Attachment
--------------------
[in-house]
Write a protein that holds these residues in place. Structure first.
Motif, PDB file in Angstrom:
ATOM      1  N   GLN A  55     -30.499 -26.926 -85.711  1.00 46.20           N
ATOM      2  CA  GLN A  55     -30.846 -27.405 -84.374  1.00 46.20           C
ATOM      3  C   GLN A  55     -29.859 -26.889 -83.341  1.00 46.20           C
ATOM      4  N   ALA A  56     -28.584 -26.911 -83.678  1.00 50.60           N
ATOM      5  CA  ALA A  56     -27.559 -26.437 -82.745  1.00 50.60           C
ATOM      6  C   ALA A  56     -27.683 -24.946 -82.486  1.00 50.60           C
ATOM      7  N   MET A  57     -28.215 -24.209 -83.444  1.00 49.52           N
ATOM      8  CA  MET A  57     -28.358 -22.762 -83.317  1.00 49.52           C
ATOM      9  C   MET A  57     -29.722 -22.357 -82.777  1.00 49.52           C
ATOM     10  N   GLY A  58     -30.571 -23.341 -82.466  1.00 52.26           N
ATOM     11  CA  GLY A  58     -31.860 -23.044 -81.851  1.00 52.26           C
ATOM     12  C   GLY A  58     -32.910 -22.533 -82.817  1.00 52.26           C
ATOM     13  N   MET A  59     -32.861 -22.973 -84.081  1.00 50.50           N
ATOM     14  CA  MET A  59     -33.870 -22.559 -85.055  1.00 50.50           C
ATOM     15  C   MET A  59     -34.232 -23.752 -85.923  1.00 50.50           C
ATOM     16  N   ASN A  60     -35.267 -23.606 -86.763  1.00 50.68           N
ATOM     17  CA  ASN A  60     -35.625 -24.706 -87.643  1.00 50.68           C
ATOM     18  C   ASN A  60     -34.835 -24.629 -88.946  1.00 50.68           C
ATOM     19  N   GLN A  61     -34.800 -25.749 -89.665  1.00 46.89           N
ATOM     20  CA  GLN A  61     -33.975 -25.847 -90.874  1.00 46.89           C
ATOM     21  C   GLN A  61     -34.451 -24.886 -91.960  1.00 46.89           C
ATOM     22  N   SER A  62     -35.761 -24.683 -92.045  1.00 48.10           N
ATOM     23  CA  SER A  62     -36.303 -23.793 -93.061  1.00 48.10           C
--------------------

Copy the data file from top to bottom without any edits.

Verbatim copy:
[in-house]
Write a protein that holds these residues in place. Structure first.
Motif, PDB file in Angstrom:
ATOM      1  N   GLN A  55     -30.499 -26.926 -85.711  1.00 46.20           N
ATOM      2  CA  GLN A  55     -30.846 -27.405 -84.374  1.00 46.20           C
ATOM      3  C   GLN A  55     -29.859 -26.889 -83.341  1.00 46.20           C
ATOM      4  N   ALA A  56     -28.584 -26.911 -83.678  1.00 50.60           N
ATOM      5  CA  ALA A  56     -27.559 -26.437 -82.745  1.00 50.60           C
ATOM      6  C   ALA A  56     -27.683 -24.946 -82.486  1.00 50.60           C
ATOM      7  N   MET A  57     -28.215 -24.209 -83.444  1.00 49.52           N
ATOM      8  CA  MET A  57     -28.358 -22.762 -83.317  1.00 49.52           C
ATOM      9  C   MET A  57     -29.722 -22.357 -82.777  1.00 49.52           C
ATOM     10  N   GLY A  58     -30.571 -23.341 -82.466  1.00 52.26           N
ATOM     11  CA  GLY A  58     -31.860 -23.044 -81.851  1.00 52.26           C
ATOM     12  C   GLY A  58     -32.910 -22.533 -82.817  1.00 52.26           C
ATOM     13  N   MET A  59     -32.861 -22.973 -84.081  1.00 50.50           N
ATOM     14  CA  MET A  59     -33.870 -22.559 -85.055  1.00 50.50           C
ATOM     15  C   MET A  59     -34.232 -23.752 -85.923  1.00 50.50           C
ATOM     16  N   ASN A  60     -35.267 -23.606 -86.763  1.00 50.68           N
ATOM     17  CA  ASN A  60     -35.625 -24.706 -87.643  1.00 50.68           C
ATOM     18  C   ASN A  60     -34.835 -24.629 -88.946  1.00 50.68           C
ATOM     19  N   GLN A  61     -34.800 -25.749 -89.665  1.00 46.89           N
ATOM     20  CA  GLN A  61     -33.975 -25.847 -90.874  1.00 46.89           C
ATOM     21  C   GLN A  61     -34.451 -24.886 -91.960  1.00 46.89           C
ATOM     22  N   SER A  62     -35.761 -24.683 -92.045  1.00 48.10           N
ATOM     23  CA  SER A  62     -36.303 -23.793 -93.061  1.00 48.10           C